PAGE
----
, Volume 81, Issue 1, pp 45–57 | Cite as

DOC and DIC in Flowpaths of Amazonian Headwater Catchments with Hydrologically Contrasting Soils

  • Mark S. Johnson
  • Johannes Lehmann
  • Eduardo Guimarães Couto
  • João Paulo Novães Filho
  • Susan J. Riha
Original Paper


Organic and inorganic carbon (C) fluxes transported by water were evaluated for dominant hydrologic flowpaths on two adjacent headwater catchments in the Brazilian Amazon with distinct soils and hydrologic responses from September 2003 through April 2005. The Ultisol-dominated catchment produced 30% greater volume of storm-related quickflow (overland flow and shallow subsurface flow) compared to the Oxisol-dominated catchment. Quickflow fluxes were equivalent to 3.2 ± 0.2% of event precipitation for the Ultisol catchment, compared to 2.5 ± 0.3% for the Oxisol-dominated watershed (mean response ±1 SE, n = 27 storms for each watershed). Hydrologic responses were also faster on the Ultisol watershed, with time to peak flow occurring 10 min earlier on average as compared to the runoff response on the Oxisol watershed. These different hydrologic responses are attributed primarily to large differences in saturated hydraulic conductivity (K s). Overland flow was found to be an important feature on both watersheds. This was evidenced by the response rates of overland flow detectors (OFDs) during the rainy season, with overland flow intercepted by 54 ± 0.5% and 65 ± 0.5% of OFDs for the Oxisol and Ultisol watersheds respectively during biweekly periods. Small volumes of quickflow correspond to large fluxes of dissolved organic C (DOC); DOC concentrations of the hydrologic flowpaths that comprise quickflow are an order of magnitude higher than groundwater flowpaths fueling base flow (19.6 ± 1.7 mg l−1 DOC for overland flow and 8.8 ± 0.7 mg l−1 DOC for shallow subsurface flow versus 0.50 ± 0.04,mg l−1 DOC in emergent groundwater). Concentrations of dissolved inorganic C (DIC, as dissolved CO2–C plus HCO 3 –C) in groundwater were found to be an order of magnitude greater than quickflow DIC concentrations (21.5 mg l−1 DIC in emergent groundwater versus 1.1 mg l−1 DIC in overland flow). The importance of deeper flowpaths in the transport of inorganic C to streams is indicated by the 40:1 ratio of DIC:DOC for emergent groundwater. Dissolved CO2–C represented 92% of DIC in emergent groundwater. Results from this study illustrate a highly dynamic and tightly coupled linkage between the C cycle and the hydrologic cycle for both Ultisol and Oxisol landscapes: organic C fluxes strongly tied to flowpaths associated with quickflow, and inorganic C (particularly dissolved CO2) transported via deeper flowpaths.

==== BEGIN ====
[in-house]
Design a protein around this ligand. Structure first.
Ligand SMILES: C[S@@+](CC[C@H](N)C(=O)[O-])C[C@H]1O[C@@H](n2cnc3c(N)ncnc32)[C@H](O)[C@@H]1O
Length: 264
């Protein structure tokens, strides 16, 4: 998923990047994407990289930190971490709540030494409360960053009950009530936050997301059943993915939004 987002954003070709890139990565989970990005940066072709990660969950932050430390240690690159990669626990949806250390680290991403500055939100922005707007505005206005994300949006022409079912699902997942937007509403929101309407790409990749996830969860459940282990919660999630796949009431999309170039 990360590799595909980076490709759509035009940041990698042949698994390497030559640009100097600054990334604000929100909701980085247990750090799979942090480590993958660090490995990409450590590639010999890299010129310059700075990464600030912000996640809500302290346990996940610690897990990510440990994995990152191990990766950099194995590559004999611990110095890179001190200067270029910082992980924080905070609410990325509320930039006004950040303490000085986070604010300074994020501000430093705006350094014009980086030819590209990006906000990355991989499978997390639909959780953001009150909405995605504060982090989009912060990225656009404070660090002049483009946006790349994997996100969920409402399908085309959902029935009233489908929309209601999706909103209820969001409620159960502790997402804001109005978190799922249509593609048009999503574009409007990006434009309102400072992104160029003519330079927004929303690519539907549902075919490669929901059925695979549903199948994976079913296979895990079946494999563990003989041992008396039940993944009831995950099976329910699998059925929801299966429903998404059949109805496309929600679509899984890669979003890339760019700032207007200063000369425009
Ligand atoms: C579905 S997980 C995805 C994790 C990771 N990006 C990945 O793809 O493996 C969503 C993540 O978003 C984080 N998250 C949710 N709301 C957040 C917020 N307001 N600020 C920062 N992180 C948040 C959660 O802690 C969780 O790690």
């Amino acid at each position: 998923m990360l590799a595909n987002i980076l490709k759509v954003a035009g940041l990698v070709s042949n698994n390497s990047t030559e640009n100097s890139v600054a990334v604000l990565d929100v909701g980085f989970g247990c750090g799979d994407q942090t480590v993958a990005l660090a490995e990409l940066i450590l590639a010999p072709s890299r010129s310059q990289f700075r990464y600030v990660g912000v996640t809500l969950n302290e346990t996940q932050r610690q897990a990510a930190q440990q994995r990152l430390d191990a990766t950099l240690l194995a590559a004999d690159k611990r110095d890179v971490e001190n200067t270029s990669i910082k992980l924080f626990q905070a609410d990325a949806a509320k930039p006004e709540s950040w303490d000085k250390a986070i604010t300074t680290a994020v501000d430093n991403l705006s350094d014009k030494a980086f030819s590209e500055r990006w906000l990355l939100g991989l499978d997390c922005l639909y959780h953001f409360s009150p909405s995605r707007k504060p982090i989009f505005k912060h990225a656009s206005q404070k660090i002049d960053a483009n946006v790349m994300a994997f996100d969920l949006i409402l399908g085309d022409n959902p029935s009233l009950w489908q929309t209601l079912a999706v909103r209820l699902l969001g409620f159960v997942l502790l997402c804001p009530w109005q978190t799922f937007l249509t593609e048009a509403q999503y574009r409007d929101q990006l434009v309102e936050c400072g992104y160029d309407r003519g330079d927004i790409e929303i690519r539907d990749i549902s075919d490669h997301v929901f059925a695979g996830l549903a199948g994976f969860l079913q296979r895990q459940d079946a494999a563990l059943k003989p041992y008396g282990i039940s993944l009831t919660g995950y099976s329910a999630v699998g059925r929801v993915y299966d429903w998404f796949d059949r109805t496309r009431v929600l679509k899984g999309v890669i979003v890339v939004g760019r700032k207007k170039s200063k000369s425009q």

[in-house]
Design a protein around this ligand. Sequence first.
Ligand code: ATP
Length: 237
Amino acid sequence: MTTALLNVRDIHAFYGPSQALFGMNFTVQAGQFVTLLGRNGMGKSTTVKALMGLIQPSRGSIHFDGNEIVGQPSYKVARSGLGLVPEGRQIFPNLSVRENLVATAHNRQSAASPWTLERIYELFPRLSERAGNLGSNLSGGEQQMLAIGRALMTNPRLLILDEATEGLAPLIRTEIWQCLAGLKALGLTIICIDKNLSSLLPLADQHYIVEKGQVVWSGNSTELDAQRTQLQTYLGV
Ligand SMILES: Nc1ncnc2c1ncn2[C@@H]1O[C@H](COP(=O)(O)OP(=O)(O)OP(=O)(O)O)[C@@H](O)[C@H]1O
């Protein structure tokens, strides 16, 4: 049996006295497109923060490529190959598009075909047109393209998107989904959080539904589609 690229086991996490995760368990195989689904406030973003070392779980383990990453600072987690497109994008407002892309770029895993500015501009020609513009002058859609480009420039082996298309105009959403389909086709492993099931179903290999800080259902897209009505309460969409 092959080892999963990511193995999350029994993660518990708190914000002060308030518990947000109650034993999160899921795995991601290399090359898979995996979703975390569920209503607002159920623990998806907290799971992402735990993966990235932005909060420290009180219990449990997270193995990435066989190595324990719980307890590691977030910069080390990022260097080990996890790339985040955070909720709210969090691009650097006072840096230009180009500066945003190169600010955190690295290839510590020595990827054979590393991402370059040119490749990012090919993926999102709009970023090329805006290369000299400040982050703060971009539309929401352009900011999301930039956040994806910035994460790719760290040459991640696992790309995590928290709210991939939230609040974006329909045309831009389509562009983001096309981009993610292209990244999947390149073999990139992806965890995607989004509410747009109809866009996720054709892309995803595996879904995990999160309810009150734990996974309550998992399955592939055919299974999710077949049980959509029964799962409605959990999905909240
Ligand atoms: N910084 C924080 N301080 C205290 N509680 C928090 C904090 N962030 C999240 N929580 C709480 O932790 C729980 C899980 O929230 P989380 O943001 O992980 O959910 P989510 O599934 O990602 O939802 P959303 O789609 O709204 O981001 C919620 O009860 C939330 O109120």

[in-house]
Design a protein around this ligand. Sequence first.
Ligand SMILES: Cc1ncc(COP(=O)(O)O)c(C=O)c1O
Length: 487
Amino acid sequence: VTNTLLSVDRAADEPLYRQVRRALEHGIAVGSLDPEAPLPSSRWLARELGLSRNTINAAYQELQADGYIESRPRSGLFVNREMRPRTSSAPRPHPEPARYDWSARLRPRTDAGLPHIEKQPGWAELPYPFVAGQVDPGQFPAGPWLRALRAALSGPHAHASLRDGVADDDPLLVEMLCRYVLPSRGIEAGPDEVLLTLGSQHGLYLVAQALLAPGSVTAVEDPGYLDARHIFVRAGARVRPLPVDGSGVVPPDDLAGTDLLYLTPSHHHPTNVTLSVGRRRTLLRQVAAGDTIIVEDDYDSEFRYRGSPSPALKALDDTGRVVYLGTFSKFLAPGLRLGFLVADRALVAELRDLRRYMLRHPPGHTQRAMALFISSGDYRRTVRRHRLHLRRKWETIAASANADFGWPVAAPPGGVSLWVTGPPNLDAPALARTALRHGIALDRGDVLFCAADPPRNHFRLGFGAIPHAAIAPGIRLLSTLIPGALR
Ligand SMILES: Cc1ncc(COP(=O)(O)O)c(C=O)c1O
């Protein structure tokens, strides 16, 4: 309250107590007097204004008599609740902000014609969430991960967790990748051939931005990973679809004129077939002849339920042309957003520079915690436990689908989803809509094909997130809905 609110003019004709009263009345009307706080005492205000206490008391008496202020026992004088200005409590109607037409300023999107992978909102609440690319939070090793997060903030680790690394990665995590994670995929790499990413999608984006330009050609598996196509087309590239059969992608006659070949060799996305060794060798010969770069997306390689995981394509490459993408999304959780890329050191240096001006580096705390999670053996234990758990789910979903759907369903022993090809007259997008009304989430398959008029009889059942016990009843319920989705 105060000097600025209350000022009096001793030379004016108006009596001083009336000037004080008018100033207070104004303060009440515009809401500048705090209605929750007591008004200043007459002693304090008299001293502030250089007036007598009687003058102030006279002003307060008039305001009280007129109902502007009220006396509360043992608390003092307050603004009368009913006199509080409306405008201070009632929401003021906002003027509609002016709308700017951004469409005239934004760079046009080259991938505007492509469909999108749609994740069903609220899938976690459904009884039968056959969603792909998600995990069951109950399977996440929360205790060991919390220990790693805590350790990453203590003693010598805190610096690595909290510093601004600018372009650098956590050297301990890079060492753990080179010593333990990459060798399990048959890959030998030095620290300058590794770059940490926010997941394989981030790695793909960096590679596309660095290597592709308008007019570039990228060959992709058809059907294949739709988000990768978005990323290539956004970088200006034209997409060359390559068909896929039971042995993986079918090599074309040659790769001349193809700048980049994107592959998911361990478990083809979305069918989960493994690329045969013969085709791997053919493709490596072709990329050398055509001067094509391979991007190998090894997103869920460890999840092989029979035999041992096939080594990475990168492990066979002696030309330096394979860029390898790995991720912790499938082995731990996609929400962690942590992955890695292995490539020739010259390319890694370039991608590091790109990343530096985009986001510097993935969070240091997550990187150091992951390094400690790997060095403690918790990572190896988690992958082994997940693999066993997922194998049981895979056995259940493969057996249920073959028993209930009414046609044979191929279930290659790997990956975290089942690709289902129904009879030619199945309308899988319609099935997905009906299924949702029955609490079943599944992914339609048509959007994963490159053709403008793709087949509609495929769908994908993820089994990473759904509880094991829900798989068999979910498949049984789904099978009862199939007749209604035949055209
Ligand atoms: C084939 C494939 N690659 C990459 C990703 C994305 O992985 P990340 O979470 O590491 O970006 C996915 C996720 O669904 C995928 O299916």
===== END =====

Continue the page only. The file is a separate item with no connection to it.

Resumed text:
Dissolved carbon dioxide Dissolved organic carbon Groundwater Overland flow Quickflow Stormflow 


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The study was supported by NASA LBA-ECO grant to project group ND-11 and research grants from the Cornell University Program on Biogeochemistry and Center for the Environment to MSJ. The authors greatly appreciate the collaborations of field site hosts Rohden Indústria Lígnea Ltda. and Apolinário Stuhler. We thank Jeffrey Richey, Alex Krusche and Paulo Nunes for conceptual and logistical support, Mara Abdo for laboratory assistance, and Benedito Silveira de Andrade and Elielton Anterio da Souza for field assistance. Comments received from Todd Walter, Vishal Mehta and the anonymous reviewers were very helpful in the preparation of the manuscript.


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Copyright information

© Springer Science+Business Media B.V. 2006

Authors and Affiliations

  • Mark S. Johnson
    • 1
  • Johannes Lehmann
    • 1
  • Eduardo Guimarães Couto
    • 2
  • João Paulo Novães Filho
    • 2
  • Susan J. Riha
    • 3
  1. 1.Department of Crop and Soil SciencesCornell UniversityIthacaUSA
  2. 2.Department of Soil ScienceFederal University of Mato GrossoCuiabáBrazil
  3. 3.Department of Earth and Atmospheric SciencesCornell UniversityIthacaUSA

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